Note: Leases typically pay at the beginning of a time period. Loans typically pay at the end of a time period.

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ENGR 390 Winter 2007 Section 1 Lecture 1

Cash Flow Diagrams
OPTION 1: $50 k

N=

0

1

2

3 YRS F3?

OPTION 2: $15 k N= 0 $15 k 1 $15 k 2 $10 k 3 YRS F3?

The Question
• Under what conditions would I be indifferent between Options 1 & 2? • Indifferent means: – Have the same amount of money at same point in time. – In this case, 3 years from now. • Interest Rates… – Annual – Compounding annually

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ENGR 390 Winter 2007 Section 1 Lecture 1

Future Value in 3 years…
I% 2.5% 5.0% 7.5% 10% Option 1 $53,844 $57,881 $62,115 $66,550 Option 2 $57,288 $59,652 $62,094 $64,615

At what interest rate, am I indifferent between the two options?
• At an interest rate just a little less than 7.5%

Questions?
• What about the $100,000?
•The $100 K is irrelevant - it is a sunk cost, and makes no difference in the decision at this point in time.

• How do we select between the options?
•We need to know under which conditions we would be economically indifferent - we have the same amount of money at the same time - and then if the conditions are better for one option, we will select that option.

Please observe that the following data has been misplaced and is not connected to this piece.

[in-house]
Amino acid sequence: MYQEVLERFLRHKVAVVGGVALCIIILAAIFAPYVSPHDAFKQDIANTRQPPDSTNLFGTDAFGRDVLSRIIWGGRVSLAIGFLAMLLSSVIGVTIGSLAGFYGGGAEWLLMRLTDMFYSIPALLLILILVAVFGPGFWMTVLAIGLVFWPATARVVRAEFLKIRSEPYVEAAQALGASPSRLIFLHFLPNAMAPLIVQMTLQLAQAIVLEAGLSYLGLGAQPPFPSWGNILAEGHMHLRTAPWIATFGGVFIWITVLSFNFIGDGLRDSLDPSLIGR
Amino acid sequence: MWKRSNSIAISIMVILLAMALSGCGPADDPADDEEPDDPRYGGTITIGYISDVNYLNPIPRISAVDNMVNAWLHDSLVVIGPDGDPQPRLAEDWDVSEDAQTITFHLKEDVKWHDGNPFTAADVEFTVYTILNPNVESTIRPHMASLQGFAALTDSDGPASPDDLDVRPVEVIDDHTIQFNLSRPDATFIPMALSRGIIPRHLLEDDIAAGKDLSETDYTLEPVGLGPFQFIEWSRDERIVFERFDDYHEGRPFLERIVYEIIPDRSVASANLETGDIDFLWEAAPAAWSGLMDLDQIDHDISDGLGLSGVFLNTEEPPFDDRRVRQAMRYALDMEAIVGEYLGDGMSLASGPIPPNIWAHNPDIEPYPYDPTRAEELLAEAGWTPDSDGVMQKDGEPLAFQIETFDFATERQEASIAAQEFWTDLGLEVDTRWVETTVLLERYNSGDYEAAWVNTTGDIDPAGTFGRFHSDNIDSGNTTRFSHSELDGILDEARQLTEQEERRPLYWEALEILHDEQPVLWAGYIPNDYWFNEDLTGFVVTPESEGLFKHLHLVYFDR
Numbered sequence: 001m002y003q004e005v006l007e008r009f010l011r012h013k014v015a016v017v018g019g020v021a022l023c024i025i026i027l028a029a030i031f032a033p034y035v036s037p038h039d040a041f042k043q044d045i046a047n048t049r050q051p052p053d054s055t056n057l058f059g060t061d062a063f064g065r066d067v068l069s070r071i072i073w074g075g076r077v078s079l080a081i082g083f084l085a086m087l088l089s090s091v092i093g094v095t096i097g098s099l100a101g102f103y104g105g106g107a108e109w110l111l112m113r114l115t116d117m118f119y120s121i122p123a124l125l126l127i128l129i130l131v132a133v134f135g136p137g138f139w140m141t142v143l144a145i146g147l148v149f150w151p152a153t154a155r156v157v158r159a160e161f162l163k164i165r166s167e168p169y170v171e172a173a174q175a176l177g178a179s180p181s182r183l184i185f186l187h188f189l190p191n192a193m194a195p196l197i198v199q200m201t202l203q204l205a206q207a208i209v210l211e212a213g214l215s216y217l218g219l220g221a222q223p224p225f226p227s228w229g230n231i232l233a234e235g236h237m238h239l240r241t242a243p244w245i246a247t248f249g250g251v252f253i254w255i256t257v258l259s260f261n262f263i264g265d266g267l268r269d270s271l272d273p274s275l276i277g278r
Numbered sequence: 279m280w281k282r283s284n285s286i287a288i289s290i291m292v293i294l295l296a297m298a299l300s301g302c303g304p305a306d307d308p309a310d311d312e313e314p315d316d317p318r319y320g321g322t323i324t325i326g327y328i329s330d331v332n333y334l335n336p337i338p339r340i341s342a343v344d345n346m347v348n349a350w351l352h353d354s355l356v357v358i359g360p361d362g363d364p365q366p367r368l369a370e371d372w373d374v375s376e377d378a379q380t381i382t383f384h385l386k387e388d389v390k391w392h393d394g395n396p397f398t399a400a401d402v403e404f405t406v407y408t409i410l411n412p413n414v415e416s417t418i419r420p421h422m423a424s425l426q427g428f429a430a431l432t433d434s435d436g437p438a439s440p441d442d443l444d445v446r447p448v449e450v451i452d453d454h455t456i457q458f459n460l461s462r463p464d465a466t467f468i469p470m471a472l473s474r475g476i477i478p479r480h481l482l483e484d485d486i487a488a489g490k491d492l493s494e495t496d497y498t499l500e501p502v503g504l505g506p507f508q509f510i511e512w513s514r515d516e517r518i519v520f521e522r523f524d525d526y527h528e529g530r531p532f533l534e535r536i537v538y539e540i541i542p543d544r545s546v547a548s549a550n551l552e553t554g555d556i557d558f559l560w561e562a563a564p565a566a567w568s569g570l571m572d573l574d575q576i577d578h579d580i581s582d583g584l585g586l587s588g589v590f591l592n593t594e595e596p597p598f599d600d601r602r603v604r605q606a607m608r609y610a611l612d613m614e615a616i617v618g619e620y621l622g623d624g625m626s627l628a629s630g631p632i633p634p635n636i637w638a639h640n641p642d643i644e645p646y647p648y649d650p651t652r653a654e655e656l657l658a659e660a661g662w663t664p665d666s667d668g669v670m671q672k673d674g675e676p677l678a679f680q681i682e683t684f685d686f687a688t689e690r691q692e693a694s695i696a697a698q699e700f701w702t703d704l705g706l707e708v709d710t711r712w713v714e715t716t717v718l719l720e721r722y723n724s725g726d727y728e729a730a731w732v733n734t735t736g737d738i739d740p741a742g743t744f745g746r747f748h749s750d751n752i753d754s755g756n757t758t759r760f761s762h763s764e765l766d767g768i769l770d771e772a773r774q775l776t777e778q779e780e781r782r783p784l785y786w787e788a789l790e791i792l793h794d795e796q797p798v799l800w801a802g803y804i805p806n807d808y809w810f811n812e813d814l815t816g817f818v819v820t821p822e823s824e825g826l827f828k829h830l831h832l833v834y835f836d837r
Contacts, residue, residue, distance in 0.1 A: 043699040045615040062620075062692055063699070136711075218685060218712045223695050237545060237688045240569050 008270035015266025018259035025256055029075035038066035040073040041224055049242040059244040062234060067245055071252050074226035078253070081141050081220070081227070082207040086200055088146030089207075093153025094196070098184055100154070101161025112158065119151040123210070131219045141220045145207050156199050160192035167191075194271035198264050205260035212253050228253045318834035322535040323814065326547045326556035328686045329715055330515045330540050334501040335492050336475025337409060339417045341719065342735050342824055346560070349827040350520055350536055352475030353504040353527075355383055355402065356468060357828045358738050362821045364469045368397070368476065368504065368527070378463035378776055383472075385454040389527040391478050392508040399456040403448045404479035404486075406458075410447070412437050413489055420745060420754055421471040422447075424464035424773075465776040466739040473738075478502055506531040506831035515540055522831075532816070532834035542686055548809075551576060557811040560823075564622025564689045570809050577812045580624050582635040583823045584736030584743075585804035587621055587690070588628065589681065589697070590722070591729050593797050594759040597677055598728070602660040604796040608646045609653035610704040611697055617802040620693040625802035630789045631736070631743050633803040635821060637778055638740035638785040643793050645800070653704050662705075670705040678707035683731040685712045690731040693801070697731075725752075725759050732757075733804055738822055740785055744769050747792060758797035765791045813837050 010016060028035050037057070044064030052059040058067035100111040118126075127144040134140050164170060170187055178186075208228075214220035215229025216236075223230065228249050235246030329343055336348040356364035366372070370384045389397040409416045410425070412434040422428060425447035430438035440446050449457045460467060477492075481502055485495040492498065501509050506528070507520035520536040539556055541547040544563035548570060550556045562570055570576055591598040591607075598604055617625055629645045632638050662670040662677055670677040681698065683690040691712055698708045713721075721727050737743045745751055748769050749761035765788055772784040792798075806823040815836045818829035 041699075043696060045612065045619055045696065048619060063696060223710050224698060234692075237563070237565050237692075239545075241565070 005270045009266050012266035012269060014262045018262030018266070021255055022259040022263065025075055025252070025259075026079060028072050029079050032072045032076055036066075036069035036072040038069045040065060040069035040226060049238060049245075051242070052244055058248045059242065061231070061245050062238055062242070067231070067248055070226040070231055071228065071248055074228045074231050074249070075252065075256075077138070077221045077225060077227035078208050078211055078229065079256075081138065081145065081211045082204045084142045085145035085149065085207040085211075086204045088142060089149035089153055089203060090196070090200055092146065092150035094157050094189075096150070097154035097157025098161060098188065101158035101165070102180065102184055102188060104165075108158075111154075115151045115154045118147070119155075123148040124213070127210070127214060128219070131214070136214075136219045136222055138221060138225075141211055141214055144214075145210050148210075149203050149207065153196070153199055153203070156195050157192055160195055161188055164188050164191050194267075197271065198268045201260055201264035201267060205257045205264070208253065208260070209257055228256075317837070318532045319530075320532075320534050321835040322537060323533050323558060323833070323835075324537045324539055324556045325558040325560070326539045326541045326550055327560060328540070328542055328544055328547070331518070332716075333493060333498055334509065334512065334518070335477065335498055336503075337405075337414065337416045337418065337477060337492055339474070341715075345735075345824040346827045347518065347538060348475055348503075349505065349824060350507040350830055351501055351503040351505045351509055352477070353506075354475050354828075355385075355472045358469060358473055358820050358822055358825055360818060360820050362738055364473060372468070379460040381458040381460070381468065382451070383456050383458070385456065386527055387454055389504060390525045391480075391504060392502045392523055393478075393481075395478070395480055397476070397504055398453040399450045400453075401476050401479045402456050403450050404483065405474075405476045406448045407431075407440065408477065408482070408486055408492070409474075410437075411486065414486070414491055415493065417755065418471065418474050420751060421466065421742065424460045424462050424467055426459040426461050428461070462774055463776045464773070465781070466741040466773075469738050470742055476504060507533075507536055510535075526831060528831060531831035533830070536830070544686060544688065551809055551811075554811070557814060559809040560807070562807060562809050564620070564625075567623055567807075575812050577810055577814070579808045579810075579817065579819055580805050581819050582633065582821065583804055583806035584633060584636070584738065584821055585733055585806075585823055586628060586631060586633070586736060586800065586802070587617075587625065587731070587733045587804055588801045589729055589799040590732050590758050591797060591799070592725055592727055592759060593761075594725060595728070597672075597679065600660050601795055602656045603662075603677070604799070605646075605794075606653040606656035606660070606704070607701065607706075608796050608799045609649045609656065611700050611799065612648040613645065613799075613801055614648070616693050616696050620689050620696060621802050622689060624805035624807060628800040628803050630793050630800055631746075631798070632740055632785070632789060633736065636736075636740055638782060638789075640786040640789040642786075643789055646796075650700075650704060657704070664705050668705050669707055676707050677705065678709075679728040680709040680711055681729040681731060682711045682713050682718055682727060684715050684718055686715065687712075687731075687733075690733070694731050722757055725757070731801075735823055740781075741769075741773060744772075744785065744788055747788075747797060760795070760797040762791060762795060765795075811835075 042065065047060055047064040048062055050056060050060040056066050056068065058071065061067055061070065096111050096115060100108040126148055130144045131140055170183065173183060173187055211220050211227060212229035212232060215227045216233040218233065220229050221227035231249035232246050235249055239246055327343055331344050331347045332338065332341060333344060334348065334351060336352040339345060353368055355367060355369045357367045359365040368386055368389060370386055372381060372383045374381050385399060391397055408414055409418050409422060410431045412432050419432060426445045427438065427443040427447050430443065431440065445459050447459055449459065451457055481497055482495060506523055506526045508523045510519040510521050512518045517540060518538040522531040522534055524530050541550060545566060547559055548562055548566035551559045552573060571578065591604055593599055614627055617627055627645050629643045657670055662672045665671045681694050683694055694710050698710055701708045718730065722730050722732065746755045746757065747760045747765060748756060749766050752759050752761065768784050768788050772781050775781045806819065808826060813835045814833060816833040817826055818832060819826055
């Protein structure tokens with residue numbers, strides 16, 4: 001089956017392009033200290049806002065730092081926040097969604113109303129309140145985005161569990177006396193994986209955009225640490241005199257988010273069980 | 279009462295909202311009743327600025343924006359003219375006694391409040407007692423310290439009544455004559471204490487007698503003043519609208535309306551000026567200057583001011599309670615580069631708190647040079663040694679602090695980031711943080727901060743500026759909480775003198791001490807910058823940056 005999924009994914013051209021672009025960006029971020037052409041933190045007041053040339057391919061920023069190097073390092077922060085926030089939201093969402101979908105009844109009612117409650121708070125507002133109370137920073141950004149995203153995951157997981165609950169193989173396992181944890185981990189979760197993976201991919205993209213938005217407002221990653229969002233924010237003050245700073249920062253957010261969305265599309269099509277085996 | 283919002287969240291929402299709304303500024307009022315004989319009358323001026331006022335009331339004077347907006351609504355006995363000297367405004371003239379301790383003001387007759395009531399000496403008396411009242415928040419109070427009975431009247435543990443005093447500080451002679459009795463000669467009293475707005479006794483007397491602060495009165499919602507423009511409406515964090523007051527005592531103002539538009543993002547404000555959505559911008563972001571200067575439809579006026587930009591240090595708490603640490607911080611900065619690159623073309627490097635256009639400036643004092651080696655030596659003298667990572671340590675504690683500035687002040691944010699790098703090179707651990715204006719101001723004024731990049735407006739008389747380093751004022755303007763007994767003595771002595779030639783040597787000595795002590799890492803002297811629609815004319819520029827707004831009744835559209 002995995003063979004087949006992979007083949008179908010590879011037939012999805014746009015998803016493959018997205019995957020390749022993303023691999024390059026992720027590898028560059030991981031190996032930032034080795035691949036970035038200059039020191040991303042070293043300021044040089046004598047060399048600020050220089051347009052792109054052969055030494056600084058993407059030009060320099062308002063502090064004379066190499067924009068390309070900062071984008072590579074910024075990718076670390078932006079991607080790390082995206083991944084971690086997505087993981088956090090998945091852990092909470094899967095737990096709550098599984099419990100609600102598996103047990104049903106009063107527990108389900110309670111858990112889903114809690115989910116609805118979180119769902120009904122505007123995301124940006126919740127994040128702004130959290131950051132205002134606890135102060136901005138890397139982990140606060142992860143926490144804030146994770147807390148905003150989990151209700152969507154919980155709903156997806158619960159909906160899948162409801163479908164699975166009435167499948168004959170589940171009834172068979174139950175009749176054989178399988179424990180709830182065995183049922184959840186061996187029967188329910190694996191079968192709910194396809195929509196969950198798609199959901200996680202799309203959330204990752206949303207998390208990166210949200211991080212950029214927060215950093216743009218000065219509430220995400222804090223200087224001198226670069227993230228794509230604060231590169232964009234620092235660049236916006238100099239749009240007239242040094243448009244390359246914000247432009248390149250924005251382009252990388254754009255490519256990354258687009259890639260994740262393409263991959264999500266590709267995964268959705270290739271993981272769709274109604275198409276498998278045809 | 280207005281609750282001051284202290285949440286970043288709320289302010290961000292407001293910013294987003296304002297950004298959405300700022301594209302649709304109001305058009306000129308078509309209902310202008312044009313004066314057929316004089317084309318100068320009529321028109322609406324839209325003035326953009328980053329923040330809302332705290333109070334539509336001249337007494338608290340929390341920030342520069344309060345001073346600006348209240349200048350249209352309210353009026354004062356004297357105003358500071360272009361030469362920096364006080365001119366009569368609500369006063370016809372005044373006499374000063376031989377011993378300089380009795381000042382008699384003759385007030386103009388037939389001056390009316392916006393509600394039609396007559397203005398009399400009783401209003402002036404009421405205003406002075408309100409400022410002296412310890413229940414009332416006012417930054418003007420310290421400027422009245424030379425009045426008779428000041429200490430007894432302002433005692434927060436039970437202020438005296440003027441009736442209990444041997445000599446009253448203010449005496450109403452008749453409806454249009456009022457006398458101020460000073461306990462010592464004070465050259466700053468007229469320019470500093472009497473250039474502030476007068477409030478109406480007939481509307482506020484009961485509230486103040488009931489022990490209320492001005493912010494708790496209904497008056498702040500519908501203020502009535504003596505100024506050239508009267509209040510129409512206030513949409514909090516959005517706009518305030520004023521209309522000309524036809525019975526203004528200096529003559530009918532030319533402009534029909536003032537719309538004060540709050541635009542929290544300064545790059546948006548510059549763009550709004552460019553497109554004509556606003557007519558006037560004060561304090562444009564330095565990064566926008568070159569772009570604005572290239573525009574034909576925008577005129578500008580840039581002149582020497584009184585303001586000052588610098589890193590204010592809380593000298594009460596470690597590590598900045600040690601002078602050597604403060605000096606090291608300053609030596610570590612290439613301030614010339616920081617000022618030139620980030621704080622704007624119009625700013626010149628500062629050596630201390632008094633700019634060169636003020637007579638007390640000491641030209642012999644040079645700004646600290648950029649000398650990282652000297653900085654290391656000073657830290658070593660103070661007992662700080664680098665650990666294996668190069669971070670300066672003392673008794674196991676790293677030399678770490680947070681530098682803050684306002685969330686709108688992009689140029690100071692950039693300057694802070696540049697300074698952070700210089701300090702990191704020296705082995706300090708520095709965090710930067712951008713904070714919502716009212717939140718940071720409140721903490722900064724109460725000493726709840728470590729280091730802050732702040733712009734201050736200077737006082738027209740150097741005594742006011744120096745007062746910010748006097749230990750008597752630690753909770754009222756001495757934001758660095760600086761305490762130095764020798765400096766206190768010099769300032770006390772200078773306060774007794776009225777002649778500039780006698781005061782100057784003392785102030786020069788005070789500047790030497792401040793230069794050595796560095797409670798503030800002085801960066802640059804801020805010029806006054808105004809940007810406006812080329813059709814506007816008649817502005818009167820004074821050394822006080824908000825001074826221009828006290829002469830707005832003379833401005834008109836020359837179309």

• Any other factors?
•Since we need to account for the time value of money - we need to know the interest rate and the compounding period.

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ENGR 390 Winter 2007 Section 1 Lecture 1

Option 1
50,000 now i = 10% compounded annually F1 = 50,000 + 50,000 (.10) = 55,000 F2 = 55,000 + 55,000 (.10) = 50,000 (1 + .10)2 = 60,500 F3 = 60,500 + 60,500 (.10) = 50,000 (1 + .10)3 = 66,550

Generalizing … P = Present value beginning of first period. FN = Future value at end of N periods in the future. i = interest rate FN = P (1 + i)N = P (F/P,i,N) (F/P,i,N) = (1+i)N

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ENGR 390 Winter 2007 Section 1 Lecture 1

Standard Factors Used to Solve ECON Problems
( F | P, i, N) ( P | F, i, N) ( F | A, i, N) ( A | F, i, N) ( P | A, i, N) ( A | P, i, N) ( P | G, i, N) ( A | G, i, N) ( F | G, i, N) Find F Given P Find P Given F Find F Given A Find A Given F Find P Given A Find A Given P Find P Given G Find A Given G Find F Given G

Tables…

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ENGR 390 Winter 2007 Section 1 Lecture 1

Tables…

Future Given Present
P is the present value at Time 0 F is the future value at Time N
(N periods in the future)

i is the effective interest rate
F? 0 P F = P(F/P,i,N) 1 2 3 N

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ENGR 390 Winter 2007 Section 1 Lecture 1

Tables…
i=

F3 = 50 000(F|P,i,N) = 50 000(F|P,10%,3) = 50 000(1.3310) = $66,550 50,000(F|P,i,N) 50,000(F|P,10%,3) 50,000(1.3310)

Present Given Future
P is the present value at Time 0 F is the future value at Time N
(N periods in the future)

i is the effective interest rate for each period
F 0 P? P = F(P/F,i,N) 1 2 3 N

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ENGR 390 Winter 2007 Section 1 Lecture 1